JUST GOOD BUSINESS – SUSTAINABILITY : Business saving the planet

Chief executives globally are more convinced than ever of the need to embed environmental, social and corporate governance issues within their core businesses.
The imperative to act is moving from moral to business case, according to the findings of the largest-ever global survey of CEOs on their sustainable business views and practices.
In many ways it mirrors the values of New Zealand business decision-makers.
The latest report by Accenture for the UN Global Compact business group should send chill through the large numbers of New Zealand businesses which think they are behaving sustainably (62 percent) – and the number who actually have sustainable development strategy (38 percent).
The latest nationwide ShapeNZ-Fairfax survey of New Zealand businesses on sustainable practice, finds 75 out of every 100 senior executives and New Zealanders overall believe businesses should make profit and contribute to the social good.
This translates into 25 percent actively buying goods and services for their organisations from suppliers who act sustainably. Only 29 percent say they don’t care who supplies goods and services, provided they are at the best price. Another 44 percent say they practise something in-between these two options. So between 25 and 69 percent of all business people buying in New Zealand will be saying to themselves “The price might be right, but…”
They know that the damage to reputation, sales, and ability to attract and keep valuable skilled staff depends on their organisation behaving properly toward the environment and the society they live in.
The Global Compact business group says: “It is decade that CEOs believe could usher in new era where sustainability issues are fully integrated into all elements of business and market forces are truly aligned with sustainability outcomes. Conversations conducted as part of this landmark study make clear that today’s CEOs are more convinced than ever of the need to embed environmental, social and corporate governance issues within core business… The imperative to act has shifted from moral to business case. Furthermore, executives see significant progress in executing their plans to integrate sustainability.”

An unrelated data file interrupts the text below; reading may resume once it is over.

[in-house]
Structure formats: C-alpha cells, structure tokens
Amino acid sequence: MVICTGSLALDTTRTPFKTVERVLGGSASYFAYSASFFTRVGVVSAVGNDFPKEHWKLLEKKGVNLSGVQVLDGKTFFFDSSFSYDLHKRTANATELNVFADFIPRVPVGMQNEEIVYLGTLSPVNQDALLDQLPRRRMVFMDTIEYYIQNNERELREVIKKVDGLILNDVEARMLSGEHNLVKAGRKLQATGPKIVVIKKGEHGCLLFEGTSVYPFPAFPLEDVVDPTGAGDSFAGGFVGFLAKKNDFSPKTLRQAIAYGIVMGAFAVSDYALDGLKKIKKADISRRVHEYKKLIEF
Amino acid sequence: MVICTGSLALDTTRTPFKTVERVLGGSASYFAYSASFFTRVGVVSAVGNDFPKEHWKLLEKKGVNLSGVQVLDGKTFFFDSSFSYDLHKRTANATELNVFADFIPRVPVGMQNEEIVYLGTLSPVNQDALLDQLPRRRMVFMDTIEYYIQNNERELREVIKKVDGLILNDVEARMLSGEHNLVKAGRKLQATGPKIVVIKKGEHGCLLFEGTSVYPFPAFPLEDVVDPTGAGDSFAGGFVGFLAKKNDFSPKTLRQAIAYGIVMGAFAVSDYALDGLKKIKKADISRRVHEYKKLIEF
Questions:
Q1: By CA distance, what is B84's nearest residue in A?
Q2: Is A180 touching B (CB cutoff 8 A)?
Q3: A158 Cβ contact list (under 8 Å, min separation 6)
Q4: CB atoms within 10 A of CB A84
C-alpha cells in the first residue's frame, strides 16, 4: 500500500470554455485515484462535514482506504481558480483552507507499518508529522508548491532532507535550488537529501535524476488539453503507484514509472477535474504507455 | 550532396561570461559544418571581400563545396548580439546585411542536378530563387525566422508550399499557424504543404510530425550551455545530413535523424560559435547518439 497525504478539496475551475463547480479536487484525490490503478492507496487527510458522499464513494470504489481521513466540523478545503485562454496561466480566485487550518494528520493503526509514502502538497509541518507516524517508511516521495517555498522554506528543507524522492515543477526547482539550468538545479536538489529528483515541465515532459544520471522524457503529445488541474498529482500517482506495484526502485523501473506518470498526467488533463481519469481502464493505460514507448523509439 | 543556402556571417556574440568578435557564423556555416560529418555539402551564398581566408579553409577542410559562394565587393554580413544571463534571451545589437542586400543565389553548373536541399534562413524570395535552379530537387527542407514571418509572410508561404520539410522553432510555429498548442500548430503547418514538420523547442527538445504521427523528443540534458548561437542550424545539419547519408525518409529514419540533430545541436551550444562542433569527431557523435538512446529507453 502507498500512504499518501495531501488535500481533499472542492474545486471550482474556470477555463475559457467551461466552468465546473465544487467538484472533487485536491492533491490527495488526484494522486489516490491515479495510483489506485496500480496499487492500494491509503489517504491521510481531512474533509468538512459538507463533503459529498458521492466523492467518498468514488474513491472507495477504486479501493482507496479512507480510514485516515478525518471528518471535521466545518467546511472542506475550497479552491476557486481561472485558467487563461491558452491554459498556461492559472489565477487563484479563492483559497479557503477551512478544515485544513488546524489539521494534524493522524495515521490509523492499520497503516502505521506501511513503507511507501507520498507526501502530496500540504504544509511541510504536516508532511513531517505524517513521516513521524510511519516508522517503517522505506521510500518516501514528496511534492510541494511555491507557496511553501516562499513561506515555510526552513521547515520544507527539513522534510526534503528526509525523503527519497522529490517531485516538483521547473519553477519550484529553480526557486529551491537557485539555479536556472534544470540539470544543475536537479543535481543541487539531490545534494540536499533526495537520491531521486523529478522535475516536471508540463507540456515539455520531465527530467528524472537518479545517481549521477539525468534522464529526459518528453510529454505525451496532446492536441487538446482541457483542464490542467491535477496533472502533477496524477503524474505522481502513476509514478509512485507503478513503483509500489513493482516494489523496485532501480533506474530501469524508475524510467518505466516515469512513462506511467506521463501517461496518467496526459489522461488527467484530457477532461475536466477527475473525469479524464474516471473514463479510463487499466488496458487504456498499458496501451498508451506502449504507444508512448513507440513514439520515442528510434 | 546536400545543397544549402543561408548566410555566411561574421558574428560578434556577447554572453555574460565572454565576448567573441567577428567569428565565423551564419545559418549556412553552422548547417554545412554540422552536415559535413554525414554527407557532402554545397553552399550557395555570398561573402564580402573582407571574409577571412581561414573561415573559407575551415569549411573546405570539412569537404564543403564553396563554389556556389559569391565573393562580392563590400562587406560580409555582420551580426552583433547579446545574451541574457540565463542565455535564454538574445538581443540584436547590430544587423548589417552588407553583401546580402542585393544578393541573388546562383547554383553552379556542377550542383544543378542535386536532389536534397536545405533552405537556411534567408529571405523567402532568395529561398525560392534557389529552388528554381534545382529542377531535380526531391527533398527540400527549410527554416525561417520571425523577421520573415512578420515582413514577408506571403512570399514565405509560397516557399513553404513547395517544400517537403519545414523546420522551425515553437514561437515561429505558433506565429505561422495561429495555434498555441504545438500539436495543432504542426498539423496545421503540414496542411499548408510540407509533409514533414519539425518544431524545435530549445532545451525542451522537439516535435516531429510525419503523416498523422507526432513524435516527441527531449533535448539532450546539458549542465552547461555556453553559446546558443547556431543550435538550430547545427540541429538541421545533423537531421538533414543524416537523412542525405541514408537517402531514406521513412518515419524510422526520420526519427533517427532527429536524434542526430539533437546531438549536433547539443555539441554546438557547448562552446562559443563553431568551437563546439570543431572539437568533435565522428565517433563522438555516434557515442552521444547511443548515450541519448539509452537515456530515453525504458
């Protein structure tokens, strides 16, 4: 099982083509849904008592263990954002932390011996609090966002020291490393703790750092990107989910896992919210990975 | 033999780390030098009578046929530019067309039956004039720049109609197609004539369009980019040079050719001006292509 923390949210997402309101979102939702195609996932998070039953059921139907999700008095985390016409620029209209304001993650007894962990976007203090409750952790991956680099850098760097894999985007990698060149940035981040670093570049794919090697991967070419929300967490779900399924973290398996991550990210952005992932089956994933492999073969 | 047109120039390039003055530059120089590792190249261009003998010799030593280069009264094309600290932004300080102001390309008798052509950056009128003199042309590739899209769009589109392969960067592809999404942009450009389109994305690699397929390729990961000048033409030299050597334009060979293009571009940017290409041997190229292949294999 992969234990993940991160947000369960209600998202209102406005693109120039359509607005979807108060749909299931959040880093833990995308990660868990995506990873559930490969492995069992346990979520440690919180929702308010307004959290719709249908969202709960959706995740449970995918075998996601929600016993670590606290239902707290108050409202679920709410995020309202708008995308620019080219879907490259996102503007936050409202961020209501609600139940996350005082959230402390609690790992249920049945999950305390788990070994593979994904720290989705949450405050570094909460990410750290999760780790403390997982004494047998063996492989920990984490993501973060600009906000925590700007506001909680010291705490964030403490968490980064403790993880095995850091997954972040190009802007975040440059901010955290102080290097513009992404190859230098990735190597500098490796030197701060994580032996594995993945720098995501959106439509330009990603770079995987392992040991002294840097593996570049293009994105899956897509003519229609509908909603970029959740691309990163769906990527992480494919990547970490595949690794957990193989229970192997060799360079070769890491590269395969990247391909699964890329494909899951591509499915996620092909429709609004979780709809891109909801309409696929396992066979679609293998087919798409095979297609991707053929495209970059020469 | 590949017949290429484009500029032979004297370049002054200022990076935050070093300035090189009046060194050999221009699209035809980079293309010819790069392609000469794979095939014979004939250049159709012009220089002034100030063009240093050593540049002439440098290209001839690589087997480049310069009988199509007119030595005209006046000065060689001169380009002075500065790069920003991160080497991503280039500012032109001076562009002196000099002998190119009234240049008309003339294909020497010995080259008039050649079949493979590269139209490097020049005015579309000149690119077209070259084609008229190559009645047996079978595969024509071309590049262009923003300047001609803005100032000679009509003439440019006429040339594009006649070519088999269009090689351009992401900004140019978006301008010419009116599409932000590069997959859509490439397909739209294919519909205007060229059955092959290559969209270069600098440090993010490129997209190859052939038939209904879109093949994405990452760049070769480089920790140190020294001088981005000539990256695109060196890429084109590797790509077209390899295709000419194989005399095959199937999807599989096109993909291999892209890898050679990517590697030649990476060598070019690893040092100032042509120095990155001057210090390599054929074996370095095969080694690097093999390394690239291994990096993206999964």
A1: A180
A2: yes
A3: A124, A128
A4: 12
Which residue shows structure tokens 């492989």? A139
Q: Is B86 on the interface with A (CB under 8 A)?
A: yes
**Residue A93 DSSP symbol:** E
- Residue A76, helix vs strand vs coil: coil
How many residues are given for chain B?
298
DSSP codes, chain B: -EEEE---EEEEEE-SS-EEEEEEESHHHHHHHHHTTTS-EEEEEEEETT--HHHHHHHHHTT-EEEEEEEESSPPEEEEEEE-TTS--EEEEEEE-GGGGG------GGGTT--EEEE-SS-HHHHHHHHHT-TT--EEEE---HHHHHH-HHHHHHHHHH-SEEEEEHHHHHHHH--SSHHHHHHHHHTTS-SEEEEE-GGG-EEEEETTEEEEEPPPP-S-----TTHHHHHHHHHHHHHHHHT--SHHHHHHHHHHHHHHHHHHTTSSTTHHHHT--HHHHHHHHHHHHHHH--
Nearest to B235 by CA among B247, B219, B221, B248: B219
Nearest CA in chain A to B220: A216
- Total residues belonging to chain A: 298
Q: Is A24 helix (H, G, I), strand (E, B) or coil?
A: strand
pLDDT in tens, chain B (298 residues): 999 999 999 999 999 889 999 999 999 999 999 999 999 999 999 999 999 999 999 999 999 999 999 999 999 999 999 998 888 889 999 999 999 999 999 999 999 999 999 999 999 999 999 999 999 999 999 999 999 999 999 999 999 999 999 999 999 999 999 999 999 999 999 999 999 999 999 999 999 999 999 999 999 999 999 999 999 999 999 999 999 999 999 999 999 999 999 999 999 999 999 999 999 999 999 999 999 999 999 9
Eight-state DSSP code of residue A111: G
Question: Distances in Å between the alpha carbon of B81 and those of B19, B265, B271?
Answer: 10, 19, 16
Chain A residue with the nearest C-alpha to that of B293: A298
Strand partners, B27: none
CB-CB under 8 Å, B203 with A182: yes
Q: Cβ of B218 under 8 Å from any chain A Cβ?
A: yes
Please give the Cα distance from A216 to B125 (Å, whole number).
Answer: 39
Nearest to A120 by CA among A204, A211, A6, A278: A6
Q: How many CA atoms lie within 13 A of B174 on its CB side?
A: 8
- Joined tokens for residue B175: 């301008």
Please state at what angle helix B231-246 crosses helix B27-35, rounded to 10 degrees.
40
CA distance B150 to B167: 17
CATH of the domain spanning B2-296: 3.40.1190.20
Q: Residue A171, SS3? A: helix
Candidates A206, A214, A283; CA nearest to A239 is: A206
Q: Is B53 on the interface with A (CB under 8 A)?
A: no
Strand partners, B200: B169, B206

Here are Global Compact’s findings:
• 93 percent of CEOs believe that sustainability issues will be critical to the future success of their business.
• 72 percent cite “brand, trust or reputation” as one of the top three factors driving them to take action on sustainability issues.
• 58 percent identify consumers as the most important stakeholder group that will impact the way they manage societal expectations. Employees were second with 45 percent.
• 91 percent report that their company will employ new technologies to address sustainability issues over the next five years.
• 96 percent believe that sustainability issues should be fully integrated into the strategy and operations of company.
• 49 percent cite complexity of implementation across functions as the most significant barrier to implementing an integrated, company-wide approach to sustainability.
Here and abroad the worst recession in 81 years has barely dented support for sustainable practice. In New Zealand, only three percent more businesses are buying on price alone.
Globally chief executives see sustainability as one area where doing the right thing is helping reduce costs and lift profits when revenue is hardly moving. Here companies are adding millions to their bottom lines from measuring and managing emissions – which leads them to plans to cut energy, water, travel and other costs. At the same time it cuts waste and emissions and boosts the use of smarter technology.
For business, sustainability is about getting balance between profit, people and the planet.
Just know that when you go to do deal in New Zealand you’ll have to come up with something better than sharp price with 71 out of every 100 of the people you want to sell to.
Buying cheaply without regard for your community or our quality of life will get you expensively offside with 75 out of every 100 New Zealanders.

Peter Neilson is chief executive of the New Zealand Business Council for Sustainable Development.
www.nzbcsd.org.nz, www.shapenz.org.nz

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